The Queen’s Council in the Middle Ages
By Anne Crawford
The English Historical Review, Vol. 116, No. 469. (2001)
Introduction: In February 1605, James I established the judicial subsection of the council of his queen, Anne of Denmark, as a separate court. In 1641 Sir John Lamb, chancellor of Queen Henrietta Maria, claimed to have evidence for such a court during the reigns of Henry VII and Henry VIII. Lamb had been searching for precedents which would reinforce the case for parliamentary confirmation of the legality of the queen court and he believed that as far back as the reign of Edward I, the queen consort had held an equity court. Although Lamb was right, he was unable to substantiate his claim. More recently, N. R. R. Fisher has used the Tudor evidence in support of Lamb’s claim, but it is possible to show that from at least as early as the thirteenth century each queen consort had a council to assist her in managing her lands and business affairs and that the work of that council was administrative and advisory as well as judicial.
The records illustrating this work are scattered and survive mainly in references to the council or its members in miscellaneous Chancery records, ministers’ accounts or records of the queens’ households. However, recent reclassification of Tudor and Stuart records of the council itself in the Public Record Office have brought to light a handful of documents from the late fifteenth century. There are also fragmentary acta, indicating that the queen’s council, like that of the Prince of Wales or the Duchy of Lancaster, kept a record of its proceedings. A study of the council in the Middle Ages falls chronologically into two halves. The first, beginning in the thirteenth century and continuing to the end of the fourteenth century, is based on the more scattered evidence of the workings and personnel of the council; the second, dating from the involvement of the Duchy of Lancaster, when the queens from Joan of Navarre onwards were dowered with Duchy lands, reveals the important developments in the workings of the council in the fifteenth century.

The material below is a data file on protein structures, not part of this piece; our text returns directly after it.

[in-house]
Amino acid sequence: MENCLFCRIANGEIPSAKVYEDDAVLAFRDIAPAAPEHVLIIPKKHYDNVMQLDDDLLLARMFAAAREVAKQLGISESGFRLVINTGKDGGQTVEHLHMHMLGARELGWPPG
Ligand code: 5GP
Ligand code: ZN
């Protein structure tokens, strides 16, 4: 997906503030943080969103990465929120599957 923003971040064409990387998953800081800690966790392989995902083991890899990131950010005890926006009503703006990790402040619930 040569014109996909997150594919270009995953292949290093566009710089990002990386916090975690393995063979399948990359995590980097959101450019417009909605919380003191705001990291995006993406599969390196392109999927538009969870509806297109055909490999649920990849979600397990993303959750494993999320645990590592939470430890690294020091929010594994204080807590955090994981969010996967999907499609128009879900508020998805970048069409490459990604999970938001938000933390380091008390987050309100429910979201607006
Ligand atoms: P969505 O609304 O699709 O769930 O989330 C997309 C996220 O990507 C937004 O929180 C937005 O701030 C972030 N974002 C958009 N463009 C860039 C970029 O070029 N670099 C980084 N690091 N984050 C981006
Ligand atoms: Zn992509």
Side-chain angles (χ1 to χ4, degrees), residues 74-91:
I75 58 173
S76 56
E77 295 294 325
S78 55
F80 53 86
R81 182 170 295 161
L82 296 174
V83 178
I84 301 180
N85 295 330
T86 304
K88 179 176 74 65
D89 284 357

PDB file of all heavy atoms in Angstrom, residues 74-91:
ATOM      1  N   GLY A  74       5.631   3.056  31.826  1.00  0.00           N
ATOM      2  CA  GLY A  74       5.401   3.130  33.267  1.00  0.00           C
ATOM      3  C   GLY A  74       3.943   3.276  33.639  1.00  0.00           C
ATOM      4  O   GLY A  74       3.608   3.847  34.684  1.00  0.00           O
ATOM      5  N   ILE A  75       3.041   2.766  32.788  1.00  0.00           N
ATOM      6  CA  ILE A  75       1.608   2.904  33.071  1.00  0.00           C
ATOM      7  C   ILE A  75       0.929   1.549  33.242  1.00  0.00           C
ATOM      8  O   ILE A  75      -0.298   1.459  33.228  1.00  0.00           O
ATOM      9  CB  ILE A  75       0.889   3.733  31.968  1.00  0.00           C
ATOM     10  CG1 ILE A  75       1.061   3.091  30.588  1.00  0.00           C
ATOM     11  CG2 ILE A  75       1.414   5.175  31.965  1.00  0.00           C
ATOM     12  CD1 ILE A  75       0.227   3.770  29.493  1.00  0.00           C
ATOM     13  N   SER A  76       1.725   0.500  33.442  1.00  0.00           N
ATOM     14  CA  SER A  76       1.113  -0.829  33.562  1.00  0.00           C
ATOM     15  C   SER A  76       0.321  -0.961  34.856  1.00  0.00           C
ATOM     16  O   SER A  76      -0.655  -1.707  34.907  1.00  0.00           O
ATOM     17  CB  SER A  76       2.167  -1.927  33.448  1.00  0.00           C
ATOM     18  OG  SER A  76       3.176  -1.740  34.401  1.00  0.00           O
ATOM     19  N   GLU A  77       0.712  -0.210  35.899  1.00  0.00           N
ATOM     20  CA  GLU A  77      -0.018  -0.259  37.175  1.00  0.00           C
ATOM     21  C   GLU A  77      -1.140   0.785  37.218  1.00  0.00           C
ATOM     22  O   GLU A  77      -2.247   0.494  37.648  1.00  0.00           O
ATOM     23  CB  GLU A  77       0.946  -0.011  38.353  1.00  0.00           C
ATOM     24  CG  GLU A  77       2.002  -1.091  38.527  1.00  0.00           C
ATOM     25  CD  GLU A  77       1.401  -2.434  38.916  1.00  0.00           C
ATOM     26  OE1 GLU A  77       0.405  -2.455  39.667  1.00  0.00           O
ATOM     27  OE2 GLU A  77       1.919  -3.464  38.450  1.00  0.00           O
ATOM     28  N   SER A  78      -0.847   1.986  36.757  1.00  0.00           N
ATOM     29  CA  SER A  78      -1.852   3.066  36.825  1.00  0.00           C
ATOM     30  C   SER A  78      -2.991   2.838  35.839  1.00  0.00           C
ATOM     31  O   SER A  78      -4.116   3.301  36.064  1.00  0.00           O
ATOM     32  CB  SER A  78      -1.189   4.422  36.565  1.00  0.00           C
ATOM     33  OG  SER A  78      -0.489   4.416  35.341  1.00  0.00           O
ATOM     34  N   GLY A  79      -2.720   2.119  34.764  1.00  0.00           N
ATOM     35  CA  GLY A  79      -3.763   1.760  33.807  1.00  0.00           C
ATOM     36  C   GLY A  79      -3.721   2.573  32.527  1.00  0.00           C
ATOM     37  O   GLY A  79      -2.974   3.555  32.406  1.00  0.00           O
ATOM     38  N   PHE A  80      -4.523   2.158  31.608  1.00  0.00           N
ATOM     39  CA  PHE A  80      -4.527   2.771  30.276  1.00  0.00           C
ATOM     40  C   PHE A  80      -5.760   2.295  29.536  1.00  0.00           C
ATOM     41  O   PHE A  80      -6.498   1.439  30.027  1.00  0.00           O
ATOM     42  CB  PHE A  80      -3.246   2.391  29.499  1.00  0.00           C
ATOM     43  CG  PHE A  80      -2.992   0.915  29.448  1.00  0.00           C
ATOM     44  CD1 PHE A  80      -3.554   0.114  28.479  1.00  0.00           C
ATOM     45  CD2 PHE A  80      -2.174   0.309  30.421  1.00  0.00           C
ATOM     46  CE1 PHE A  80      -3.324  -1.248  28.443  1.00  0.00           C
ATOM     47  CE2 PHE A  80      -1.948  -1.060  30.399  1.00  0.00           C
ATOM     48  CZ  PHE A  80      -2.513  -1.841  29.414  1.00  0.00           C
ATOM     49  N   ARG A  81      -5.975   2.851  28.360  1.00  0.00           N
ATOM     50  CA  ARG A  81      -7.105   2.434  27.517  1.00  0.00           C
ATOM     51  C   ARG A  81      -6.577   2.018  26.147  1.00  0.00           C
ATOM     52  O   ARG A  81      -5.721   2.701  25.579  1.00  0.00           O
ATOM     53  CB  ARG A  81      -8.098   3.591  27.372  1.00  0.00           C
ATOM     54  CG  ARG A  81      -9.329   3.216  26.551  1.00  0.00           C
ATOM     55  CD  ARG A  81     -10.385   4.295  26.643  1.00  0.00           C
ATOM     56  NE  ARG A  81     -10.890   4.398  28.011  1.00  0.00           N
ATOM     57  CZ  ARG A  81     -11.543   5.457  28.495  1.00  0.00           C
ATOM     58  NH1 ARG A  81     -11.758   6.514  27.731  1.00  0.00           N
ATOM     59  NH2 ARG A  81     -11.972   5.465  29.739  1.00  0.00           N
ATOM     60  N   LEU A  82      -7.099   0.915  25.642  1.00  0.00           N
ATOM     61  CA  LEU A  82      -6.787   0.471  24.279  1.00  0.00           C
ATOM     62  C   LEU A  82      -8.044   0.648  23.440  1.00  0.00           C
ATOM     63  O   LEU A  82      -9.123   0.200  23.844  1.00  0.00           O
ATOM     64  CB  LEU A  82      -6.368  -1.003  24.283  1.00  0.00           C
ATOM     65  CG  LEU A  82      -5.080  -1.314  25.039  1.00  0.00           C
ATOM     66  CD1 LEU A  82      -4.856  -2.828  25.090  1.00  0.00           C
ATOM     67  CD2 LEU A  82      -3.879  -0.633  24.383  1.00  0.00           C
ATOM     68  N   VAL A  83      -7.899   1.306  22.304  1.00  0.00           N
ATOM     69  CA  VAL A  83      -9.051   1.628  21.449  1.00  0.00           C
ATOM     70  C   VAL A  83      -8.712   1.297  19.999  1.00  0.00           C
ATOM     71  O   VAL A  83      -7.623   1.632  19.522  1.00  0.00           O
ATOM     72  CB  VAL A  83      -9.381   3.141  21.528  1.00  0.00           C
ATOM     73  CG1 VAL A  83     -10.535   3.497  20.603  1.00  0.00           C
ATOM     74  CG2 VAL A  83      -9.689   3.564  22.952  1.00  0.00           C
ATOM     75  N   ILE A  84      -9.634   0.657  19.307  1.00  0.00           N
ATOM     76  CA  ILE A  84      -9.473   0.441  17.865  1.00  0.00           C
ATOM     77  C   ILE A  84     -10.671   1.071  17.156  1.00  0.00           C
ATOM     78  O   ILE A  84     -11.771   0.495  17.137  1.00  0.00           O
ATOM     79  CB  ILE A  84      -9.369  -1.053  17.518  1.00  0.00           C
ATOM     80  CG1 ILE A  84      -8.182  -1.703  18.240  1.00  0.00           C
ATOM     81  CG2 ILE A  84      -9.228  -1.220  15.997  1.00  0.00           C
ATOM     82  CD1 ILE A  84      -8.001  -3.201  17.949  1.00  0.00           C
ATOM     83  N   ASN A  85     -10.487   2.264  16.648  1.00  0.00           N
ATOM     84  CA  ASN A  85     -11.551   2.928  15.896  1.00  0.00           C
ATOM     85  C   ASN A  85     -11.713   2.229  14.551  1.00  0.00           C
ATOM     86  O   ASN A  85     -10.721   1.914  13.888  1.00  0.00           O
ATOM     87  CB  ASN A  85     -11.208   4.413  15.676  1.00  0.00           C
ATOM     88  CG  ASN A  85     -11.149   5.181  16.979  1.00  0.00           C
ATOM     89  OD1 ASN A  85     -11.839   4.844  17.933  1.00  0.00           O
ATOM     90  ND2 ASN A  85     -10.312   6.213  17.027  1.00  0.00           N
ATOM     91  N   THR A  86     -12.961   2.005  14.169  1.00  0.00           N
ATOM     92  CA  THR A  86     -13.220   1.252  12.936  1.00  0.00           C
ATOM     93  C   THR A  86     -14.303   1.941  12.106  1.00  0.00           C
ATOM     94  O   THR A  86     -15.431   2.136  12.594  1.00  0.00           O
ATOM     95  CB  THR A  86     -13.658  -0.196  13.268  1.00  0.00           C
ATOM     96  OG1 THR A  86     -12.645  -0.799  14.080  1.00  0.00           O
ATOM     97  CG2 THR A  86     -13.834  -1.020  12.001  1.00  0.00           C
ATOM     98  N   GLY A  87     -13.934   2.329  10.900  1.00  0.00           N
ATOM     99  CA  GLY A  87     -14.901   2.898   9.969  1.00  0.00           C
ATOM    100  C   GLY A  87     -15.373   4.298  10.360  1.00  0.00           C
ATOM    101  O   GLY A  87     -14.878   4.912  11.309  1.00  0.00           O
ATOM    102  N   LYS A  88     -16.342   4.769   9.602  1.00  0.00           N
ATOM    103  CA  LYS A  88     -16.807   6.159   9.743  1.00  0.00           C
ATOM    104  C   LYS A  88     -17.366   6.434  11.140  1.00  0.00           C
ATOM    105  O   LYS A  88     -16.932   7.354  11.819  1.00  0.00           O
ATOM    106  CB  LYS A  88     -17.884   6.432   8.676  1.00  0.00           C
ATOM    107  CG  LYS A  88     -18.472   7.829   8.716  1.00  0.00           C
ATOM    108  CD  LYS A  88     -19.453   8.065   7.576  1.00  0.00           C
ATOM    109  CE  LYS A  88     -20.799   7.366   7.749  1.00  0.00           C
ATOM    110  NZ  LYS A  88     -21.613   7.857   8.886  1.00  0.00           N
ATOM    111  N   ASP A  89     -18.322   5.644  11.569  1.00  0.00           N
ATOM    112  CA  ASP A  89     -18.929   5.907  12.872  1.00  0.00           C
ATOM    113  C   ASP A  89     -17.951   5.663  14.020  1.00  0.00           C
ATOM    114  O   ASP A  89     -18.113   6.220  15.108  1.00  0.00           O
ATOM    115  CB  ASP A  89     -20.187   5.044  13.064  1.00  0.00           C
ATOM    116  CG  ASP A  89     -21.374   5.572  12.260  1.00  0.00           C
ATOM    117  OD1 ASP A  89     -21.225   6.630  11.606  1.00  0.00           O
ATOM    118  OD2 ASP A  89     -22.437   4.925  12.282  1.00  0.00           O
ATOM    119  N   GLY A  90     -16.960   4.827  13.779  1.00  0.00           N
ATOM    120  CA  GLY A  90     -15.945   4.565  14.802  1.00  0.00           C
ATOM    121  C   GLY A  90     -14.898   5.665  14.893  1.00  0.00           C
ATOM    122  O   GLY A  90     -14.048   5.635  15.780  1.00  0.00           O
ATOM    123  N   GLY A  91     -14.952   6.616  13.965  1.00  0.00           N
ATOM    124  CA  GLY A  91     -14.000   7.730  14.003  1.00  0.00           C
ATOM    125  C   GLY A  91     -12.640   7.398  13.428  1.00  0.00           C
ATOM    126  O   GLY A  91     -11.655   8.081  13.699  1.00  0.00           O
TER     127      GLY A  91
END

The need for a council was primarily a result of the acquisition of lands by the medieval queens of England. The core of these lands comprised the queen’s dower, the value of which was usually agreed as part of her marriage negotiations and which was intended for the support of her household during the king’s lifetime and for her financial independence as a widow. The dower, or much of it, was customarily secured on royal lands and made the queen dowager one of the principal landowners in the realm, since the value of the dower, fixed at £4,000 p.a. in 1262 for Eleanor of Provence and increased in 1275 to £4,500 for Eleanor of Castile, remained customarily fixed at that level until the end of the fourteenth century.
On the queen’s death, the lands naturally reverted to the Crown and were then frequently granted to her successor. In the early years after the Conquest there is some evidence that the Anglo-Norman queens not only held their dower lands during their husband’s lifetime but also acquired and disposed of further lands, for the purposes of patronage. Whatever freedom the early queens had to hold land, however, was gradually eroded and from the mid-twelfth century until the mid-thirteenth century, the dower lands remained in the king’s hands while he supported his wife’s household with the cash equivalent, and possession only passed to the queen at widowhood. This situation changed when Henry III decided to allow his wife, Eleanor of Provence, to hold and administer some lands herself, although these did not include the Crown lands which were her dower. From that date, each queen had in practice the rights of a femme sole, virtually the only married woman in the kingdom to hold such rights. It was not, however, until the fourteenth century that she was once again allowed to hold her dower lands before she was widowed.